Deal Breakers

There are a number of issues which I am extremely hard on and will not budge. They are deal breakers in the relationship department…. from casual acquaintances through to romantic partners. I base my opinions on education and life experience. This list is probably not exhaustive nor is it in any particular order. Am I judgmental and harsh with a dose of hard-core bitch mixed in? You bet I am! There are paths one walks which change them forever.

Racism and Black Lives Matter

Hot topic at the moment, so I’m choosing it first. There are a zillion reasons I am 100% pro-black lives matter. People are people regardless of color. I have a few very specific reasons that drive my commitment.

As I’ve written about before, I was married to an African man. Not African American, but African. He was a proud black man who had never faced prejudice for his skin color until coming to the United States. Over the several years we were married, I watched first hand as American racism changed him as a person… broke him down in ways I never could have expected. For the first time in his life he felt his blackness. I don’t know how better to state that. Being married to a black man in America impacted me directly. I’d always lived a middle class, privileged life. There’s something which happens when you marry a black man as a white woman. You suddenly become less than. Assumptions made. You lose friends. Doors are closed to you which weren’t before. I was a white woman who lost a fair amount of privilege simply for loving a black man. It hurt both of us. The minute I divorced him, I resumed my place as a respectable white woman. Funny how that happened, eh?

Near the end of my marriage to him I got pregnant. I was going to be a white mom to a black child. Bi-racial? Technically. In the eyes of the world at large, that baby would have been black. The pregnancy was ectopic (in the tube) and I had to end the pregnancy. It was heartbreaking and the absolute hardest thing I’ve ever done. I’ve thought often how difficult it would have been to be a single mother with a black child. The baby would be a little over 7 years old now. The fact that it even crosses my mind that raising a child is more difficult based on race is why I’m so against racism. Explaining to my beloved child why people are cruel and how to be extra safe due to the color of their skin.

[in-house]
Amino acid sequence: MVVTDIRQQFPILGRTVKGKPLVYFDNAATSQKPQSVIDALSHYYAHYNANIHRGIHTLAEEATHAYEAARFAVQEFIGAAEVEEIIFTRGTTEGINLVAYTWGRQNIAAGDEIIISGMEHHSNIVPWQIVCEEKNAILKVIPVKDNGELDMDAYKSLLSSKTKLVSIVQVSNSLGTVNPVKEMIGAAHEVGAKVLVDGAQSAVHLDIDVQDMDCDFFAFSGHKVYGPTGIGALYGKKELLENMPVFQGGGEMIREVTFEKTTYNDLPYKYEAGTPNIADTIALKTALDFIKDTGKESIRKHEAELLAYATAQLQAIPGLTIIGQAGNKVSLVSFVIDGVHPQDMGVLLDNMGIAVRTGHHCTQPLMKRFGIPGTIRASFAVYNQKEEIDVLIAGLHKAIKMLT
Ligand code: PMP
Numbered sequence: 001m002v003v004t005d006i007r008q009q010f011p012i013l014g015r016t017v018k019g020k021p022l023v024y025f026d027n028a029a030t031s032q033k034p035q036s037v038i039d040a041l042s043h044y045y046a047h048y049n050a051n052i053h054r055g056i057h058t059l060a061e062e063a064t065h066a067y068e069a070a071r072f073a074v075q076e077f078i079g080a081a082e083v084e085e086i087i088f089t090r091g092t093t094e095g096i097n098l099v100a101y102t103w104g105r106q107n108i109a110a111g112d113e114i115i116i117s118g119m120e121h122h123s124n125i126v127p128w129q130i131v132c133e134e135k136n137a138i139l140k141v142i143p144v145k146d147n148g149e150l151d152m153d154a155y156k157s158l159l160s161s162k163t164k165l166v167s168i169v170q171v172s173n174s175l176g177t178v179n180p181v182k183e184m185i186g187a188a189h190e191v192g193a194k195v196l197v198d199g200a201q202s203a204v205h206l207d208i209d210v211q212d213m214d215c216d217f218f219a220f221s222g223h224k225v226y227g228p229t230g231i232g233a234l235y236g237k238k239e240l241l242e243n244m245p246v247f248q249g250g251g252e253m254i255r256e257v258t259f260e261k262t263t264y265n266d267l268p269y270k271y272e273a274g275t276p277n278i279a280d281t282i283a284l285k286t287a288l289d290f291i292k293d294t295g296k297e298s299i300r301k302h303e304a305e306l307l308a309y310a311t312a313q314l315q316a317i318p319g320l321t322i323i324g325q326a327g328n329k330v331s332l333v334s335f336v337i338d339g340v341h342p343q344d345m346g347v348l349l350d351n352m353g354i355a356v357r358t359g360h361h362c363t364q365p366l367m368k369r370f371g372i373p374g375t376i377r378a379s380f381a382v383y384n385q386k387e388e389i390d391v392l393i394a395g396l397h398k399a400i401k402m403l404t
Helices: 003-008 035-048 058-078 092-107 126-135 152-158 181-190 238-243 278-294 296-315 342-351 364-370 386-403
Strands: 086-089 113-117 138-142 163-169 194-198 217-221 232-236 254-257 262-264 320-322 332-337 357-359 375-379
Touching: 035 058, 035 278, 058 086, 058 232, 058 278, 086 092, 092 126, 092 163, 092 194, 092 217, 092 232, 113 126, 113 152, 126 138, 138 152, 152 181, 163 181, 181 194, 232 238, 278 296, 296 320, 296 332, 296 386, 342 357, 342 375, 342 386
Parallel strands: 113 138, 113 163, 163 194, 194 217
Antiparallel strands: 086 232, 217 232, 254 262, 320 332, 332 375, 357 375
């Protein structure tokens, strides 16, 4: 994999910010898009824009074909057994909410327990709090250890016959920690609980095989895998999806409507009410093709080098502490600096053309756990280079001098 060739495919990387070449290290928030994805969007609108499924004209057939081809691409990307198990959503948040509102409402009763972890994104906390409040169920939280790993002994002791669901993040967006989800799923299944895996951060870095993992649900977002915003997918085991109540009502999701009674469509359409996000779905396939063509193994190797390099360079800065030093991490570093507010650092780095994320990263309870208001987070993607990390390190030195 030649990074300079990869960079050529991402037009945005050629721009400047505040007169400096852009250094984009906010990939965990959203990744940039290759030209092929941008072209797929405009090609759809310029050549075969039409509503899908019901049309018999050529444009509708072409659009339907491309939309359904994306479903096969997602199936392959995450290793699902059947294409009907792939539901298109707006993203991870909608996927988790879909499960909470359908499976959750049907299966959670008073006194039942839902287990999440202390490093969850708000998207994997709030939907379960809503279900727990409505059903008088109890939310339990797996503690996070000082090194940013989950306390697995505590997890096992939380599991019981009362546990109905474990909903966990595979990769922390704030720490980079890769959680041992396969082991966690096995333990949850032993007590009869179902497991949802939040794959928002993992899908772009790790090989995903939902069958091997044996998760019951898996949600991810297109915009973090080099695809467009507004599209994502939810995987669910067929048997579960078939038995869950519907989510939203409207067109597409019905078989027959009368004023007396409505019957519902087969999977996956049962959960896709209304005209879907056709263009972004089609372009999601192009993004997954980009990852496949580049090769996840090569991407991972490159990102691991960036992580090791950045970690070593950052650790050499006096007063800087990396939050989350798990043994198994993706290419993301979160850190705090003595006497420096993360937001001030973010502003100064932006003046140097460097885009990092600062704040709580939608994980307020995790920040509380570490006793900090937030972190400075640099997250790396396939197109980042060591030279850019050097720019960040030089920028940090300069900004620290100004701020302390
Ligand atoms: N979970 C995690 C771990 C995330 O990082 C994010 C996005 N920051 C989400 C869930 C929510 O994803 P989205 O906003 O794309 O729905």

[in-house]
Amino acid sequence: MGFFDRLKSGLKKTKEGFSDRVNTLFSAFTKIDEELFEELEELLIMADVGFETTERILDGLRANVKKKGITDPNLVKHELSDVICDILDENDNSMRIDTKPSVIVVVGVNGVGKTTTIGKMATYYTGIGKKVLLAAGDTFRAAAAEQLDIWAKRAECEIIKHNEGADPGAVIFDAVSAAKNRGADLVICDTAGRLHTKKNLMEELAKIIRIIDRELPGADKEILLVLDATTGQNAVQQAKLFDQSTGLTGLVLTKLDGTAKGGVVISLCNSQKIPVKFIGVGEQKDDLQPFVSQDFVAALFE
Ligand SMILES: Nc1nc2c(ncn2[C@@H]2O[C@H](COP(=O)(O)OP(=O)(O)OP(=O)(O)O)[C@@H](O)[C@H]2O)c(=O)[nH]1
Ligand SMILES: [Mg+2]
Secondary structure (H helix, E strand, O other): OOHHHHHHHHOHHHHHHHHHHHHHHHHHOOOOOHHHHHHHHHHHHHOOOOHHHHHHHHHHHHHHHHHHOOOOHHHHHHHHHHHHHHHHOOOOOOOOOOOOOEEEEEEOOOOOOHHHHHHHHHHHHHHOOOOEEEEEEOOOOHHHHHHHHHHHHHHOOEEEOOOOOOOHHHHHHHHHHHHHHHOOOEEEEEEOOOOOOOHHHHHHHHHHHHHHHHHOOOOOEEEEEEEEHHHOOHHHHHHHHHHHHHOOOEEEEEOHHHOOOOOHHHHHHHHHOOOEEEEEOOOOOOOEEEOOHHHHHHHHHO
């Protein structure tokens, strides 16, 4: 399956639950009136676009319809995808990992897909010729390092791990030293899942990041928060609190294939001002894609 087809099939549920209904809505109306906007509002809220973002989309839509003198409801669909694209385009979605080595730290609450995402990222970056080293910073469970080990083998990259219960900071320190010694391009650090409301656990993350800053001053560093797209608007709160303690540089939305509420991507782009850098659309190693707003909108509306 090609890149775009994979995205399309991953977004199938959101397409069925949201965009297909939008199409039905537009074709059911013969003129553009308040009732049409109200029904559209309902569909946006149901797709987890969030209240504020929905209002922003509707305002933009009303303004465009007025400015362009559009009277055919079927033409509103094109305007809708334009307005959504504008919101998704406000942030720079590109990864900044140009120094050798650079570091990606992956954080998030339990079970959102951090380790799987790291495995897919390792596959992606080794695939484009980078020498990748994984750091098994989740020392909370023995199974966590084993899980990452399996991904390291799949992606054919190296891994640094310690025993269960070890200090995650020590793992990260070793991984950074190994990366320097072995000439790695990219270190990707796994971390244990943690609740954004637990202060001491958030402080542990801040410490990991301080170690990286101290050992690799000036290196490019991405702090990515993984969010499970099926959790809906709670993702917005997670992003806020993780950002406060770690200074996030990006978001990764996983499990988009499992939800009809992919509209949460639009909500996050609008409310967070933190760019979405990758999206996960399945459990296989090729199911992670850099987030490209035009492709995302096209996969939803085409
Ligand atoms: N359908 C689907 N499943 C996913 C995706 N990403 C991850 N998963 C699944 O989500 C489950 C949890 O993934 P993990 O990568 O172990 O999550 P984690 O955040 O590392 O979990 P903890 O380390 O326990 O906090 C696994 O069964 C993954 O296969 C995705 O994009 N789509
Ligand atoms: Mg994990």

The last reason I’ll state here about why I’m so against racism is that I have empathy. I can’t walk in a black persons shoes, but I can listen to them and recognize their feelings and see the injustice.

Domestic Violence

I can’t begin to imagine that there’s a person alive who actually believes domestic violence is acceptable. Not even the perpetrators. This is one those issues which has affected me in many ways. It destroys families and lives in ways you cannot imagine without being on the inside or truly educating yourself on the subject.

There are several generations of DV towards women in my family. My grandmother, my mom and I followed suit. I was born into a home where my father was beating my mom. He abused her while she was pregnant with me. She ran for our lives more than once. The story I remember her telling most when I was an infant was jumping off a 2nd floor balcony, sliding me down her leg and dropping me to get us both out before he killed us. She sat up all night in a coffee shop in San Francisco to have a safe place. I didn’t witness the majority of the violence, but I knew it was there. Violence and trauma are palpable. This was my family life for the first 6 years of my life. My mother was a shell of a human being for a couple years after leaving my dad. She never fully recovered.